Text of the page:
September 27, 2006

The Big Apple

I have to formally apologize for my lack of posts as of late. But I have a very good excuse. I took a last minute, spur-of-the-moment trip to New York City this past weekend.

Between getting work stuff in order to go before I left and then being there, I have had no time to post. But to make up for it, I plan to write about all the lessons I learned while visiting NYC. And they are a plenty. So please oh please keep reading. I promise I'll post a real post very soon.

September 19, 2006

Time is Money

Today’s lesson is one of time and economics.

It takes 13 minutes to get from my office to home (after rush hour) by cab. I know this because for the first time since I started work at my firm, I took advantage of the free-cab-ride-home-after-7 p.m. service.

On the contrary, it takes anywhere from 45 minutes to an hour for me to get home by bus. I know this because I have taken the bus every other day to and from work.

The cab ride home from work costs about $11 + tip. The bus ride costs about $1 per ride thanks to my unlimited monthly CTA pass.

I will continue taking the bus daily.

September 14, 2006

Just Say No

My new job has a lot of perks. It’s been a strange but nice thing to get used to. I had never worked somewhere prior to this firm where I felt like there were perks aside from receiving my paycheck on time, which some of my previous jobs didn’t even have that perk. But my firm is quite different. It promotes a very pleasant working environment and makes a very conscious effort to let the employees know their work is appreciated. When they took us to the White Sox/Cubs game on June 30 and followed it up with a four-day Independence Day weekend, I considered myself one of the luckiest girls in the world.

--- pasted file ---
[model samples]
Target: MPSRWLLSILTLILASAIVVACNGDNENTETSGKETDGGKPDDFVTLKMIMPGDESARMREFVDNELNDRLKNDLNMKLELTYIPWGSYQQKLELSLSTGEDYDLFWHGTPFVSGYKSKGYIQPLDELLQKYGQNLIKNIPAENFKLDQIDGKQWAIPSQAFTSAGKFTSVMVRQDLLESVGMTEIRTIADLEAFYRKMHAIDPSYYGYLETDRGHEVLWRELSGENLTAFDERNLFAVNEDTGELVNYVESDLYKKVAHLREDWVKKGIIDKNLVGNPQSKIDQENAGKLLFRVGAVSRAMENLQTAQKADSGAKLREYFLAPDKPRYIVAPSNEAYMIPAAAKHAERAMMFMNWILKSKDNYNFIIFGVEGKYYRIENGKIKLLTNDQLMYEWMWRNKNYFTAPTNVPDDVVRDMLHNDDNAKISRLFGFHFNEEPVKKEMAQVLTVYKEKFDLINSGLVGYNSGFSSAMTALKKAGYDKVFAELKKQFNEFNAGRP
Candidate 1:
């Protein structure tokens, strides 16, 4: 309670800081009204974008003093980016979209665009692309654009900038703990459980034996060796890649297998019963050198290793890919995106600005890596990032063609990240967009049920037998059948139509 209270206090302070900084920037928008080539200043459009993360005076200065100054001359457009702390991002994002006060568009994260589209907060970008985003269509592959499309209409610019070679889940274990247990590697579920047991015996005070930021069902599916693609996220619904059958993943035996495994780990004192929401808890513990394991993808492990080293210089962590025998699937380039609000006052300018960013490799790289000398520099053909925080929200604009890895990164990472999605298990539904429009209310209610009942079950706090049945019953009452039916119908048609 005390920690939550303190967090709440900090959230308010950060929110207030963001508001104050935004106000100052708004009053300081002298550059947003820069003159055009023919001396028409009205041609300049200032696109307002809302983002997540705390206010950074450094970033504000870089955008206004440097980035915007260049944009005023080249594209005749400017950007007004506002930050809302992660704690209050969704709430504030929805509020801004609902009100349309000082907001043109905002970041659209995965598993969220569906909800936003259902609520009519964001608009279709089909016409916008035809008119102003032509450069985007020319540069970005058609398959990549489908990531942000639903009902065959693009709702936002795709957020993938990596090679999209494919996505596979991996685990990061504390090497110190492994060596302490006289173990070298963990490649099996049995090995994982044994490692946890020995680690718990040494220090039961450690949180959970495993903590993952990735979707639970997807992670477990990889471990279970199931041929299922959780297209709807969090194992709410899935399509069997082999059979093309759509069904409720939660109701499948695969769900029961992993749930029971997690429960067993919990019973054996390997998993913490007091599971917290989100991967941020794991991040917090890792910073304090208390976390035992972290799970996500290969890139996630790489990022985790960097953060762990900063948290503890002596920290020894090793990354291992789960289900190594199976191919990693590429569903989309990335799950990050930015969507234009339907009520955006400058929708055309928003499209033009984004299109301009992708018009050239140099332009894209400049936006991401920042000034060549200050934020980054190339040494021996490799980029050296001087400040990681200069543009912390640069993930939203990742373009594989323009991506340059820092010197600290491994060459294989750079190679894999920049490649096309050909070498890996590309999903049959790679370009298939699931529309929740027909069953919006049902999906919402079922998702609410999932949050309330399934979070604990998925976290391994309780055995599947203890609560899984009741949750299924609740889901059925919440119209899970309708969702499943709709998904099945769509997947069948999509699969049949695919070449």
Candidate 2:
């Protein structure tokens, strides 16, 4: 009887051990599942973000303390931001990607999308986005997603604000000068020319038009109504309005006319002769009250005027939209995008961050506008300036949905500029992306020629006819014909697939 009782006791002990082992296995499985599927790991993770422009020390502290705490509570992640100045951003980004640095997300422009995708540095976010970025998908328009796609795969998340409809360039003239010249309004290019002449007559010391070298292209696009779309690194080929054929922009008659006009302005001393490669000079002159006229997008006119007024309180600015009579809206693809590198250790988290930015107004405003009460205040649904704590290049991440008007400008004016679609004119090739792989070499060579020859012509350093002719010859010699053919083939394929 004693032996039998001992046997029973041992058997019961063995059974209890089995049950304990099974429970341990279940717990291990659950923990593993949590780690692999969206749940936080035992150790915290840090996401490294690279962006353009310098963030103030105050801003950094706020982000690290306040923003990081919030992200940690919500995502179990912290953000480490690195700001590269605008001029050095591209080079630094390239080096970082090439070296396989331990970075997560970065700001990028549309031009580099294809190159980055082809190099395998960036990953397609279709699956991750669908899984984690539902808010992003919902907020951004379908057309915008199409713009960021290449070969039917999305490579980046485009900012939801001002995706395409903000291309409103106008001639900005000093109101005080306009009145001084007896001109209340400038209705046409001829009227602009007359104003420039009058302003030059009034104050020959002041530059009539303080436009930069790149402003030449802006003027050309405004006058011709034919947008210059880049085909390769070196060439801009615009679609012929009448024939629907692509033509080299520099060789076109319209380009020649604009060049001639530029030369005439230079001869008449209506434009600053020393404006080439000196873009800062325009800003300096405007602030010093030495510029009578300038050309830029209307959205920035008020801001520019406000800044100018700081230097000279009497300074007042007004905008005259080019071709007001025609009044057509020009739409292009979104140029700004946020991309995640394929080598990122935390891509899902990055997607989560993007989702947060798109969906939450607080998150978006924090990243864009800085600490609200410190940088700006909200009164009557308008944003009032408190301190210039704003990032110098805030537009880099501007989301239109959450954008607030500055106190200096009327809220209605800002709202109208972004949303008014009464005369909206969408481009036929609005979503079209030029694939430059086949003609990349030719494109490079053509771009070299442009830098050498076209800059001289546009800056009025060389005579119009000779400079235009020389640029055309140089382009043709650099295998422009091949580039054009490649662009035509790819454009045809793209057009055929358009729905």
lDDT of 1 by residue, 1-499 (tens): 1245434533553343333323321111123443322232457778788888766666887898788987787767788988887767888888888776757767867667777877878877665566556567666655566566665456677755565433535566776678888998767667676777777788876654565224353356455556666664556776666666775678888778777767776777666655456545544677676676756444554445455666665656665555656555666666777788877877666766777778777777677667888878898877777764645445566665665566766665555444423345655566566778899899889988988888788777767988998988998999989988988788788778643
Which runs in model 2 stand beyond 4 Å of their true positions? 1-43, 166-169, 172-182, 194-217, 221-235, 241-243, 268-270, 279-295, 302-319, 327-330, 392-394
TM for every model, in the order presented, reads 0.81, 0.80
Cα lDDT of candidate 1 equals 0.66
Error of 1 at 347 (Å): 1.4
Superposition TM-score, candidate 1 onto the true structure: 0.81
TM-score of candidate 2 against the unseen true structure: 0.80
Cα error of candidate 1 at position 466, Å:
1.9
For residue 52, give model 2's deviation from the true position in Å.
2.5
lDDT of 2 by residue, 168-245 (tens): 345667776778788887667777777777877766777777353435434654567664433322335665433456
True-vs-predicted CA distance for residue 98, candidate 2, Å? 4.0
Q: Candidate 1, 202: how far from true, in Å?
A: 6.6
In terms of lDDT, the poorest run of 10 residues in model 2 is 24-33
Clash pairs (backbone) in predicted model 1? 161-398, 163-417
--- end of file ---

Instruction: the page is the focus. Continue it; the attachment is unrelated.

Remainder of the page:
It’s not always the big gestures though. A lot of the time it’s the small ones. And I have found one of the smallest ways the firm shows its appreciation on a continual basis is with food. My motto with food has always been “I never turn down free food (and sometimes go back for seconds).” However, I may have to amend this given my firms’ affinity for edible treats.

Take yesterday, for instance - a perfect example. I didn’t pack a lunch for work that day because I knew we were having our paralegal luncheon. All us paralegals get together once a month to talk about our cases and any issues we are having, and of course there’s food - loads of it. The menu that day consisted of salad, pulled pork sandwiches, BBQ chicken, ribs, baked beans, potato salad, cornbread and, for dessert, bread pudding and brownies with the requisite toppings. (There were only two things on that list which were not on my plate.)

But before I even made it to lunch, there were cupcakes on the 51st floor in celebration of an attorneys’ birthday. I had a vanilla one. Immediately following our luncheon, I headed with a coworker to the Sears Tower to a card store. I was feeling very full and decided I was most definitely going to come crashing down at my usual 3 p.m. time from a food coma. To curb this, I got a grande coffee with half and half from Starbucks.

After lunch, I was walking back to my desk after scanning a deposition and some exhibits when I spotted a basket on a secretary’s desks. I sensed it had food and sure enough it was a basket of sweets with a note that said “From the Building.” I snatched up two tangerine gummy bears. Yummy, but not at all necessary. To add to this, I had been popping strawberry flavored vitamin C lozenges all day to try and ward off an impending cold.

I felt like a slug by the time I got home.